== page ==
Protesters ask: What would ‘one day without immigrants’ look like?

Neil Gupta, of Boston, held a sign during a protest in Downtown Crossing on Thursday.
Craig F. Walker/Globe Staff
Neil Gupta, of Boston, held a sign during a protest in Downtown Crossing on Thursday.

One day after President Trump launched a crackdown on undocumented immigrants, protesters took to the streets of Boston on Thursday to show their support in the region, and to press for full legalization.

In late afternoon, more than 100 demonstrators gathered in front of the Irish Famine Memorial in Downtown Crossing, where they vowed to push back against Trump’s controversial executive orders.

Under a light rain, participants held signs reading “We Are Here To Stay,” “Immigrant Rights Are Human Rights,” and “Families Have No Borders,” among other pro-immigrant messages.


“I just hope that families aren’t separated,” said Jennifer Hernandez, 24, a Harvard graduate and US citizen, whose parents are undocumented immigrants from Mexico. “I don’t think that [Trump’s policies] are serving all the people.”

Get Metro Headlines in your inbox:
The 10 top local news stories from metro Boston and around New England delivered daily.
Thank you for signing up! Sign up for more newsletters here

Hernandez, an organizer with the advocacy group Centro Presente, said she does not “feel represented by the current president.”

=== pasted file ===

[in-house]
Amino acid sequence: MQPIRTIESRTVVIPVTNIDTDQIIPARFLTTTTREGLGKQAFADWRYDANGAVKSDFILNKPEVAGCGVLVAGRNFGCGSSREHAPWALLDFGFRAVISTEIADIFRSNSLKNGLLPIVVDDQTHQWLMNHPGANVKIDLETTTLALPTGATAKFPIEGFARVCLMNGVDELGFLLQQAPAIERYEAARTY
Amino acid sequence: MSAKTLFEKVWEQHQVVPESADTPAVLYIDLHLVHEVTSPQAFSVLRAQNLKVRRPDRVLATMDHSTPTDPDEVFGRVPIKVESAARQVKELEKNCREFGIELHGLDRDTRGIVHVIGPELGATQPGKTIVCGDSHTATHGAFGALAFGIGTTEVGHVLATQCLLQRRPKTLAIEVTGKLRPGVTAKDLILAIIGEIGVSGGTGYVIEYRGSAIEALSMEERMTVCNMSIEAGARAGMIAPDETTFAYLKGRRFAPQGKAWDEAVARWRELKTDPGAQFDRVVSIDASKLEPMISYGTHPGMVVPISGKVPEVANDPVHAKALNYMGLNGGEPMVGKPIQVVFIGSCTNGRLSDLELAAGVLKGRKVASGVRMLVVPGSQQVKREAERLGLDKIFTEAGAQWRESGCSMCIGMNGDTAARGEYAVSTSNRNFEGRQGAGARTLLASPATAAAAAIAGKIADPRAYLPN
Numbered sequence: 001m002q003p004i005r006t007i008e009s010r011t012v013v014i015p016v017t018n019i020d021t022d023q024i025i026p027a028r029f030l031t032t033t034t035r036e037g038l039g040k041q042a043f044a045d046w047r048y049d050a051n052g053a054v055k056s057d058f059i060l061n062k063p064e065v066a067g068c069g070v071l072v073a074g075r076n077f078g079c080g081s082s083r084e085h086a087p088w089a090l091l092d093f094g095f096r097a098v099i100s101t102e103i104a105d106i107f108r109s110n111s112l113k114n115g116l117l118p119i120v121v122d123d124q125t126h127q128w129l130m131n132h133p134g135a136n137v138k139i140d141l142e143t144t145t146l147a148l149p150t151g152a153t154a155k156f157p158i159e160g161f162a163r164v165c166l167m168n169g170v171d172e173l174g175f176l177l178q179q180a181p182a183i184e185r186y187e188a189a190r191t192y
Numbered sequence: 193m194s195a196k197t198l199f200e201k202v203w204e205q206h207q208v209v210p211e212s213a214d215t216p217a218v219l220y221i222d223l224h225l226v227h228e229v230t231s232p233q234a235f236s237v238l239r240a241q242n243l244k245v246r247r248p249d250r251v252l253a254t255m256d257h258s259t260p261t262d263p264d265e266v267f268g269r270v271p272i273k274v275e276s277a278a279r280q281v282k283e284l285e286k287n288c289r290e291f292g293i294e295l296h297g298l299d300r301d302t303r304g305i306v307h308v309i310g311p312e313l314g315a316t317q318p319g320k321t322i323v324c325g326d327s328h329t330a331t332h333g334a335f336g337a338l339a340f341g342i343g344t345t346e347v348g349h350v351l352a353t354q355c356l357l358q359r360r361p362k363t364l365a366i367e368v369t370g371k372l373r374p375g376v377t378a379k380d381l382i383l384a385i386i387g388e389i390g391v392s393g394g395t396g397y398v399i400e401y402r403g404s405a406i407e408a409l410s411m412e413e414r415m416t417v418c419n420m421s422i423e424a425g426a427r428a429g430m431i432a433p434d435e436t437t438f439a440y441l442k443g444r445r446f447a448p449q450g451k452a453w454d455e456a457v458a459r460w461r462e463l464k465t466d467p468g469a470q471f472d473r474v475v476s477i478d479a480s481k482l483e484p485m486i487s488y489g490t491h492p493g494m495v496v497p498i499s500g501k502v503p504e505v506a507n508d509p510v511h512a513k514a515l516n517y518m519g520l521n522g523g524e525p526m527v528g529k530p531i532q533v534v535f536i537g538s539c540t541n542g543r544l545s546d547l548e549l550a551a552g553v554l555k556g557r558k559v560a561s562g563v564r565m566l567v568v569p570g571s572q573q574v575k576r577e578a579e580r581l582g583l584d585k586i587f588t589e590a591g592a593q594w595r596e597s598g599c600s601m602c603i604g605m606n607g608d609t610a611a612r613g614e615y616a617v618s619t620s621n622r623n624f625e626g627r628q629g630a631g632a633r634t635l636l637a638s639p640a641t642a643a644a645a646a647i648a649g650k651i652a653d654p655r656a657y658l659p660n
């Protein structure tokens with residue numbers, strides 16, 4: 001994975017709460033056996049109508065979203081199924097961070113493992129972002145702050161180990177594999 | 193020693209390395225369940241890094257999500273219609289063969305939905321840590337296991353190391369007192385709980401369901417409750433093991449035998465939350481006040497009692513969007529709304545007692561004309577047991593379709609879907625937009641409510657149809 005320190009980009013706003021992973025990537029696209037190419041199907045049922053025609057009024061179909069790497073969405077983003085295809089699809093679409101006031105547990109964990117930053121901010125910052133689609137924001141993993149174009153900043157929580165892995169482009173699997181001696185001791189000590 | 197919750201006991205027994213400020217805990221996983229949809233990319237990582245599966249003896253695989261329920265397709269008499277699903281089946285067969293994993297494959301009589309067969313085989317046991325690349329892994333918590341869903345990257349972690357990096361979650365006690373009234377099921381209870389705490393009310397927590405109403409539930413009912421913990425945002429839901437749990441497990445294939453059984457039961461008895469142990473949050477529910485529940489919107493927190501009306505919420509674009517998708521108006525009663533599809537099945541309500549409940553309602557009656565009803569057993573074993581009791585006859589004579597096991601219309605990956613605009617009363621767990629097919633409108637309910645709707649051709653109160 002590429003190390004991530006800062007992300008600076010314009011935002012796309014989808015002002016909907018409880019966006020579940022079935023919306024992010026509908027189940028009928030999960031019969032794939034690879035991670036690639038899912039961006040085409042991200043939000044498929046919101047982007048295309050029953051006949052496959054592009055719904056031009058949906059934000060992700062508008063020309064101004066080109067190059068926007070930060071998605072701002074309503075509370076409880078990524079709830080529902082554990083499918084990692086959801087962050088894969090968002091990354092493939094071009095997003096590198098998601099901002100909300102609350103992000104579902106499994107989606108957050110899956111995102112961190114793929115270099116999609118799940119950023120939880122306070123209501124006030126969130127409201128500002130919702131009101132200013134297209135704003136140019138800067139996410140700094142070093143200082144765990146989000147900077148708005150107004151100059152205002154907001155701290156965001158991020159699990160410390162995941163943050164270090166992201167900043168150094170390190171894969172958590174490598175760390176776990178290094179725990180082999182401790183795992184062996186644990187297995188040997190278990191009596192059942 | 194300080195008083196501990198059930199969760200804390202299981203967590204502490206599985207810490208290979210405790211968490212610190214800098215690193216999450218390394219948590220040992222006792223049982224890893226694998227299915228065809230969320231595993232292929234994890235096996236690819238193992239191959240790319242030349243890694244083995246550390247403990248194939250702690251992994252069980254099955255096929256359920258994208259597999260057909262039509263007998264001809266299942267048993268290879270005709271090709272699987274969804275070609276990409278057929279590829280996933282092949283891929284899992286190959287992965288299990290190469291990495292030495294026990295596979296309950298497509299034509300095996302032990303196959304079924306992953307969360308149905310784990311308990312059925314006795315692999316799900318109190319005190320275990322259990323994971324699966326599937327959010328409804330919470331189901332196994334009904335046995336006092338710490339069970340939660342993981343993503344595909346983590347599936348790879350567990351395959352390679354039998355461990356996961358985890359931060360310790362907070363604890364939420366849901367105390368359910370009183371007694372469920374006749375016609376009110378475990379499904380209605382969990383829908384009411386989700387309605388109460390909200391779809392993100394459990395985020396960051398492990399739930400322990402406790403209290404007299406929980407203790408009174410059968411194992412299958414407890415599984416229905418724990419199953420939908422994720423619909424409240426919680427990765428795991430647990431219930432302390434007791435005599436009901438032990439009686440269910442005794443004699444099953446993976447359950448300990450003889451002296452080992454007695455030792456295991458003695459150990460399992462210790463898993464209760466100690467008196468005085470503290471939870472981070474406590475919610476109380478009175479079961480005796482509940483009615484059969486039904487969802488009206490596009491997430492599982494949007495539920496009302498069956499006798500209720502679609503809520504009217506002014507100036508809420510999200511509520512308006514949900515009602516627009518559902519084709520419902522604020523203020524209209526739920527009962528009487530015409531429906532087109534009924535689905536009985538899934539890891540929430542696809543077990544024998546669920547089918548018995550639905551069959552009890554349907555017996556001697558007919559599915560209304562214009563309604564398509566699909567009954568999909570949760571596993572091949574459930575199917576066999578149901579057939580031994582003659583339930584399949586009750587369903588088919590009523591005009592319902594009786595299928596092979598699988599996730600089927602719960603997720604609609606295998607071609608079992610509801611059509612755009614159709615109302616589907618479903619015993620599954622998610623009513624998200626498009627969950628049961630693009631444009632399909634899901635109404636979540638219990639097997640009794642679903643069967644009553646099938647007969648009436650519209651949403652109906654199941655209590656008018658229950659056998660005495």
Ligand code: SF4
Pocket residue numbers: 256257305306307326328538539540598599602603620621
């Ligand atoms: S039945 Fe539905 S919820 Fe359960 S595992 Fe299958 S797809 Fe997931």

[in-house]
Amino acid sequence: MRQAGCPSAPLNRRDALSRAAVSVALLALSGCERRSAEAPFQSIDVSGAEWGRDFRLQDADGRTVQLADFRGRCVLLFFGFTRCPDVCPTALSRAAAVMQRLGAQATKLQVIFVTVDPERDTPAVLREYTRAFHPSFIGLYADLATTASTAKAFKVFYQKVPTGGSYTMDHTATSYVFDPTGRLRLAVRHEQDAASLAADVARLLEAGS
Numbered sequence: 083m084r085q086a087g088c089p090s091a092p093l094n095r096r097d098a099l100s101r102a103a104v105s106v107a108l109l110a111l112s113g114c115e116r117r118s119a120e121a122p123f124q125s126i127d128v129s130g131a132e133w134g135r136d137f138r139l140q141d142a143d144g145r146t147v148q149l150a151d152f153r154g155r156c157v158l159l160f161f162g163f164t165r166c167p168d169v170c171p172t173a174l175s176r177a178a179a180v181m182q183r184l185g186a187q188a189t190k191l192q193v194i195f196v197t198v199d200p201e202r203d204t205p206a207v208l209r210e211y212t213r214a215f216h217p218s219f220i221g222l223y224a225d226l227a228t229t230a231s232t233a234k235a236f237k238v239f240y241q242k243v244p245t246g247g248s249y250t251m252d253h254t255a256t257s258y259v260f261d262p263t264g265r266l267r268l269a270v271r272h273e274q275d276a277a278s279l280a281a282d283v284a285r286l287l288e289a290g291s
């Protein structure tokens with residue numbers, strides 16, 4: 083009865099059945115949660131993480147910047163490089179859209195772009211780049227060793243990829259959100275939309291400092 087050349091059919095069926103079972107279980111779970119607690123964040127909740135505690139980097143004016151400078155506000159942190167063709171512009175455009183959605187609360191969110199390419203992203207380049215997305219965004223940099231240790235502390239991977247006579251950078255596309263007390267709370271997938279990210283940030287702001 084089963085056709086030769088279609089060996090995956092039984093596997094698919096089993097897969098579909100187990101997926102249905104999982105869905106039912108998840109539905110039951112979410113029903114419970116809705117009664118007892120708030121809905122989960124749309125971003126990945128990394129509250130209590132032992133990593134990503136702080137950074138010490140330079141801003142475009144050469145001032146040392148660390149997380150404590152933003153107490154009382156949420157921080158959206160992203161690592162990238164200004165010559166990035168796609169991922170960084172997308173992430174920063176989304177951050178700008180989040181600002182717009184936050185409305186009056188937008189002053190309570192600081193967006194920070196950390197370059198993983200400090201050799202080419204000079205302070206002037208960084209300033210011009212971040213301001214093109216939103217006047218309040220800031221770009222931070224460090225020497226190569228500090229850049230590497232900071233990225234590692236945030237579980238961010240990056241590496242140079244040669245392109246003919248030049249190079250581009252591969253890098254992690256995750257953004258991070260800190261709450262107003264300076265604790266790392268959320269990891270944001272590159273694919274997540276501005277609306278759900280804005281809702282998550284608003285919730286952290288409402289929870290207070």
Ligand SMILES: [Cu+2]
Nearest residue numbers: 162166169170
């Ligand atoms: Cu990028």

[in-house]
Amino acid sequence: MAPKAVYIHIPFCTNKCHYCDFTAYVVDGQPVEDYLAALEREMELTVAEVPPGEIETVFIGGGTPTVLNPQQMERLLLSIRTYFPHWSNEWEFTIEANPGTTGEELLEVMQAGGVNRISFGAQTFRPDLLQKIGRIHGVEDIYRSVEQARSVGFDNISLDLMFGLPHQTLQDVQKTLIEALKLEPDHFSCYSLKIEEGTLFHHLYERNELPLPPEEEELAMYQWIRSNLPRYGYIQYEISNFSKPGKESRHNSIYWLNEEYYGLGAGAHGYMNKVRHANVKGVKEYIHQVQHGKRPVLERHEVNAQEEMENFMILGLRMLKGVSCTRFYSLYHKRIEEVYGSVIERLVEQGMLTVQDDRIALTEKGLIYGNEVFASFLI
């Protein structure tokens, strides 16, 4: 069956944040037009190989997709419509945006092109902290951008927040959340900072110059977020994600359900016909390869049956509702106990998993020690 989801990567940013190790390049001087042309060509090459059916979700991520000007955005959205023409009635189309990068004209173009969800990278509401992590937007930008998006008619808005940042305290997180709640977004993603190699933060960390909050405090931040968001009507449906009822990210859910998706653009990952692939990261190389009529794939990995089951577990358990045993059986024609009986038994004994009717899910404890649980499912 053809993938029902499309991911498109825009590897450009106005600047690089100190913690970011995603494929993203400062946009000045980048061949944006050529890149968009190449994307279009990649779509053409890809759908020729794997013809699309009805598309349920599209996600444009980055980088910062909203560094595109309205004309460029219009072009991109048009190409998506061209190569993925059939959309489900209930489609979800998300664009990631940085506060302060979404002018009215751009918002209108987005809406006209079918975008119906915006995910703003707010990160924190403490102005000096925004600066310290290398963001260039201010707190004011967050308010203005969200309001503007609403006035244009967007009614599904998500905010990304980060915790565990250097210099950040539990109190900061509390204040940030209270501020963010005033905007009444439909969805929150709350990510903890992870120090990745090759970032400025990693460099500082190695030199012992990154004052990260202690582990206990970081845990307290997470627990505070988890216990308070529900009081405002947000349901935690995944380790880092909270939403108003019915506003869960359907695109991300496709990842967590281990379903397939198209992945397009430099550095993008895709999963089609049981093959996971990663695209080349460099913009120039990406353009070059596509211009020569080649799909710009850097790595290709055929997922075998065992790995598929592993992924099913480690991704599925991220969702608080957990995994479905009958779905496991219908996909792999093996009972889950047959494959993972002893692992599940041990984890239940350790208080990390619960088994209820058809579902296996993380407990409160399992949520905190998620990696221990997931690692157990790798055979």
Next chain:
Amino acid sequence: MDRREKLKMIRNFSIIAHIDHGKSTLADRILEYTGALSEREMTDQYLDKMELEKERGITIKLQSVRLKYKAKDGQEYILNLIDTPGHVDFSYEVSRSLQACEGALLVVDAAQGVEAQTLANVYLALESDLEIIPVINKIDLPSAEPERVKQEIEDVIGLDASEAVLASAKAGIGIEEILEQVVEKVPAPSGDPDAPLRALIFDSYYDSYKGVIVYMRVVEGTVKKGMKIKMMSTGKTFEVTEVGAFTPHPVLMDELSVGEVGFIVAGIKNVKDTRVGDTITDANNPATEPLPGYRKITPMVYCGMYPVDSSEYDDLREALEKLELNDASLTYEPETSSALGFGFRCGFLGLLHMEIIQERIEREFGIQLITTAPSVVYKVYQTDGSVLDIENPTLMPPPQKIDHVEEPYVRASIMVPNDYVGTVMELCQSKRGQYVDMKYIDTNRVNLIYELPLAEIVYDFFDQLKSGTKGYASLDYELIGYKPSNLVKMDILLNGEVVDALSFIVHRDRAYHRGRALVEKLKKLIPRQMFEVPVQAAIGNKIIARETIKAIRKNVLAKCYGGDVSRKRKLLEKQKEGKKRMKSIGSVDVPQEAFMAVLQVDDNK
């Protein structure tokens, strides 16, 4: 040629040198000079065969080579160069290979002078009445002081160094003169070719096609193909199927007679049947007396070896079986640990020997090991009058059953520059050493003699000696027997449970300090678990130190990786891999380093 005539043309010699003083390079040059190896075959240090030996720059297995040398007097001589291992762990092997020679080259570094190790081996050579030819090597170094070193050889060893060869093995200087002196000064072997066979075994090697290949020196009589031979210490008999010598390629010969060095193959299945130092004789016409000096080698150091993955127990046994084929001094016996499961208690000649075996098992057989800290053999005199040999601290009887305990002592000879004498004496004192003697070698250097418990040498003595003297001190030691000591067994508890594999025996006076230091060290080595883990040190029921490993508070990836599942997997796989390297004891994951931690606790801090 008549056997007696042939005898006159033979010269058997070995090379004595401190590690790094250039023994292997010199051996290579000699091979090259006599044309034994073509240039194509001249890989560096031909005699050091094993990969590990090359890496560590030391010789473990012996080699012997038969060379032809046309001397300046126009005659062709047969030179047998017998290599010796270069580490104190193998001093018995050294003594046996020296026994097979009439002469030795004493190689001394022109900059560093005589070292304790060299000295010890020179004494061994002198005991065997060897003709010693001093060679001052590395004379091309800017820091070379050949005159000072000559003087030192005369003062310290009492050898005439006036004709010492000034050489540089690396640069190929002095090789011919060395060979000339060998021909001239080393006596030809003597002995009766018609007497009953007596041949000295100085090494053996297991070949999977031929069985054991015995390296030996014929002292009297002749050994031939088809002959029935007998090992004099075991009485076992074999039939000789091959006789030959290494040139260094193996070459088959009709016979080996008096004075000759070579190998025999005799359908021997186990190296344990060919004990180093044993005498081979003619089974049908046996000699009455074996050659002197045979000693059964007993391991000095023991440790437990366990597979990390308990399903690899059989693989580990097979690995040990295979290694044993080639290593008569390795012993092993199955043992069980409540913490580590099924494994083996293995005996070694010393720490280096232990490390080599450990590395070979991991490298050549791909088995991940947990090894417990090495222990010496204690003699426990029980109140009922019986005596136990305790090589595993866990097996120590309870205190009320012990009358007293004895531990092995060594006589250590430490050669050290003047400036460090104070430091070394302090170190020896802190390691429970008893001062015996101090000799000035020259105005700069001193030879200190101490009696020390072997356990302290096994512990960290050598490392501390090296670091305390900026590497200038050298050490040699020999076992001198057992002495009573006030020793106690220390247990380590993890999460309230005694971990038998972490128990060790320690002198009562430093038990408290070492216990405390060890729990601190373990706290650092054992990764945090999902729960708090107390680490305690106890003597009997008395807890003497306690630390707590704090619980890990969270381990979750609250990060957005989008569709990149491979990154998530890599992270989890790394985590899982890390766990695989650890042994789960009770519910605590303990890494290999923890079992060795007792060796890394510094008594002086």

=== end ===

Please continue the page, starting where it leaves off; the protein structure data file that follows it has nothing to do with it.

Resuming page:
Marisa Bennett, an advocate with the Irish International Immigrant Center, held a “We Are Here To Stay” sign and said Trump’s crackdown runs counter to American values.

“It goes against all of the Constitution,” she said. “It goes against all human rights.”

Trump on Wednesday threatened to pull federal funding to sanctuary cities, launch construction of a wall between the US and Mexico, and vowed to increase federal efforts to detain undocumented immigrants with criminal records.


Trump’s attack on sanctuary cities — municipalities that refuse to arrest people solely facing charges of violating immigration law — was met with defiance by Boston Mayor Martin J. Walsh and other municipal leaders around the state.

“If people want to live here, they’ll live here. They can use my office. They can use any office in this building,’’ Walsh said at a Wednesday press conference at City Hall.

City Councilor Tito Jackson, a mayoral candidate who attended the Downtown Crossing protest, also agreed that Boston will remain a sanctuary city.

“Our Police Department will not be used as an agent of the federal government,” Jackson said in a brief interview.

The demonstration was organized by a local chapter of the Service Employees International Union, which represents many immigrant workers.


It came just hours after a protest in East Boston, where demonstrators carried a black banner that read ““Un Dia Sin Inmigrantes,” Spanish for “one day without immigrants.” They first held the banner, which was about 20 feet long, at the Porter Street overpass near the entrance to the Sumner Tunnel, and later outside the Blue Line station in Maverick Square.

“We want our immigrant community to know that we stand with them,’’ said Gloribel Mota, who helped organize the protest through the organization Cosecha, which advocates legalization of all illegal immigrants currently in the US.

Mota said the phrase on the banner was chosen to emphasize the key role that immigrants play in the American economy. “If we had a boycott, if we had a general strike. ... One day without immigrants — what would this country look like?’’ she said.

Globe staffer John Ellement contributed. Travis Andersen can be reached at Follow him on Twitter @TAGlobe. Jessica Rinaldi can be reached at Follow her on Twitter @JRinaldi5.